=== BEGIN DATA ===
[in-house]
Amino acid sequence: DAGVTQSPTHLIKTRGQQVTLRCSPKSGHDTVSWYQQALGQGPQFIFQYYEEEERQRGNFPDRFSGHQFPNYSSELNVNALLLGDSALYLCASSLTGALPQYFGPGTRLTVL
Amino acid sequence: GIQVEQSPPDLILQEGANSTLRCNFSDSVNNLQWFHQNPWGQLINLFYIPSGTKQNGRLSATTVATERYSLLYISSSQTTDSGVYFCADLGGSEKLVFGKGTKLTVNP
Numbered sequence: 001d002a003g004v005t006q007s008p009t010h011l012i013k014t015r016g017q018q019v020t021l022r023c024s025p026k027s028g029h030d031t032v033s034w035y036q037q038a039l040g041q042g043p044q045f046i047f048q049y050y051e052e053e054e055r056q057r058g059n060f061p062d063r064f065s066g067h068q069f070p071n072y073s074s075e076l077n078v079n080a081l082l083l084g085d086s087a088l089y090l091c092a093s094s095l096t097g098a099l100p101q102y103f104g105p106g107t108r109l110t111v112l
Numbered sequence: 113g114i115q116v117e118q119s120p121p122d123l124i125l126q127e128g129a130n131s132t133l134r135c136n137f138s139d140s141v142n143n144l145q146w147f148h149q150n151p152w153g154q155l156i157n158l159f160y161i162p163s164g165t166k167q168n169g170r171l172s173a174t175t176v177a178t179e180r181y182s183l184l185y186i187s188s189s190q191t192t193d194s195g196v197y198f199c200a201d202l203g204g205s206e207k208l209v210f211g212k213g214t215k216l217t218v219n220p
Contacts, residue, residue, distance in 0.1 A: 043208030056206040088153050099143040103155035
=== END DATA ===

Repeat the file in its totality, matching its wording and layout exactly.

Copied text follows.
[in-house]
Amino acid sequence: DAGVTQSPTHLIKTRGQQVTLRCSPKSGHDTVSWYQQALGQGPQFIFQYYEEEERQRGNFPDRFSGHQFPNYSSELNVNALLLGDSALYLCASSLTGALPQYFGPGTRLTVL
Amino acid sequence: GIQVEQSPPDLILQEGANSTLRCNFSDSVNNLQWFHQNPWGQLINLFYIPSGTKQNGRLSATTVATERYSLLYISSSQTTDSGVYFCADLGGSEKLVFGKGTKLTVNP
Numbered sequence: 001d002a003g004v005t006q007s008p009t010h011l012i013k014t015r016g017q018q019v020t021l022r023c024s025p026k027s028g029h030d031t032v033s034w035y036q037q038a039l040g041q042g043p044q045f046i047f048q049y050y051e052e053e054e055r056q057r058g059n060f061p062d063r064f065s066g067h068q069f070p071n072y073s074s075e076l077n078v079n080a081l082l083l084g085d086s087a088l089y090l091c092a093s094s095l096t097g098a099l100p101q102y103f104g105p106g107t108r109l110t111v112l
Numbered sequence: 113g114i115q116v117e118q119s120p121p122d123l124i125l126q127e128g129a130n131s132t133l134r135c136n137f138s139d140s141v142n143n144l145q146w147f148h149q150n151p152w153g154q155l156i157n158l159f160y161i162p163s164g165t166k167q168n169g170r171l172s173a174t175t176v177a178t179e180r181y182s183l184l185y186i187s188s189s190q191t192t193d194s195g196v197y198f199c200a201d202l203g204g205s206e207k208l209v210f211g212k213g214t215k216l217t218v219n220p
Contacts, residue, residue, distance in 0.1 A: 043208030056206040088153050099143040103155035